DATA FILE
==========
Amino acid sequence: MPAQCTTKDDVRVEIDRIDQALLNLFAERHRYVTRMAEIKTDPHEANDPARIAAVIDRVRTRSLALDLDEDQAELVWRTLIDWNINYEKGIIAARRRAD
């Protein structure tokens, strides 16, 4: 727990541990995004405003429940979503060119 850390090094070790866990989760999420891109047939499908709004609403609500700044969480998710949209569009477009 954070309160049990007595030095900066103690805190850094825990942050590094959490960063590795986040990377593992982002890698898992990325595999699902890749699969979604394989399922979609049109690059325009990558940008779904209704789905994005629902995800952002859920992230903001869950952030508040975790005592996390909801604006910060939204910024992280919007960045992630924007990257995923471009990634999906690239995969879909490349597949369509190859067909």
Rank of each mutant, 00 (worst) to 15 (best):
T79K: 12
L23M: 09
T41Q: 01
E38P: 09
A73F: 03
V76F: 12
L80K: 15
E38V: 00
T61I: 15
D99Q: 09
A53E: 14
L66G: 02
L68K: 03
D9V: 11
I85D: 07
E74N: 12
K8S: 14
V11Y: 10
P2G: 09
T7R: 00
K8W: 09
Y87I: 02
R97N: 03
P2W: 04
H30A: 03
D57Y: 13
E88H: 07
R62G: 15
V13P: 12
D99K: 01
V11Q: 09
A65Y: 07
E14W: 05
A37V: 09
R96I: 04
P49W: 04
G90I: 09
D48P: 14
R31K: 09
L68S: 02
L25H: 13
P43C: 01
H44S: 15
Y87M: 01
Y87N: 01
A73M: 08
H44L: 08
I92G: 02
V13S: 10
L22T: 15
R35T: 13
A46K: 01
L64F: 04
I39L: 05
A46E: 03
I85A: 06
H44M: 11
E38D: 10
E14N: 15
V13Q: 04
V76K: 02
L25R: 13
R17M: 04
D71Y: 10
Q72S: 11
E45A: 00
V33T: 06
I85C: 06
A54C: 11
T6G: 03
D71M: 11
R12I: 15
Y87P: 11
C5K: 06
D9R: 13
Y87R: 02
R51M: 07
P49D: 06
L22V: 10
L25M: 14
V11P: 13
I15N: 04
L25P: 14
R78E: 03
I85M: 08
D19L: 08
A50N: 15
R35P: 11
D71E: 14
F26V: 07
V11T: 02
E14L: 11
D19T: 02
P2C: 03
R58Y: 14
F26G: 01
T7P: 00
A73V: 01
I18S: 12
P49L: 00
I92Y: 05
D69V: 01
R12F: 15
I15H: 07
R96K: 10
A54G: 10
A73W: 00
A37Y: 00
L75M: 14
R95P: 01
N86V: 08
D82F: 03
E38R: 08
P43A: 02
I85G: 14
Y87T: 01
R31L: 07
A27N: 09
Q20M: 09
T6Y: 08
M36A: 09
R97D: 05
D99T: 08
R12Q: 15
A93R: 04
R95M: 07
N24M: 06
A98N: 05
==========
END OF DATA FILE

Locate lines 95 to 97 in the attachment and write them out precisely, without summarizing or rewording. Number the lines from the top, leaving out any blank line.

E14L: 11
D19T: 02
P2C: 03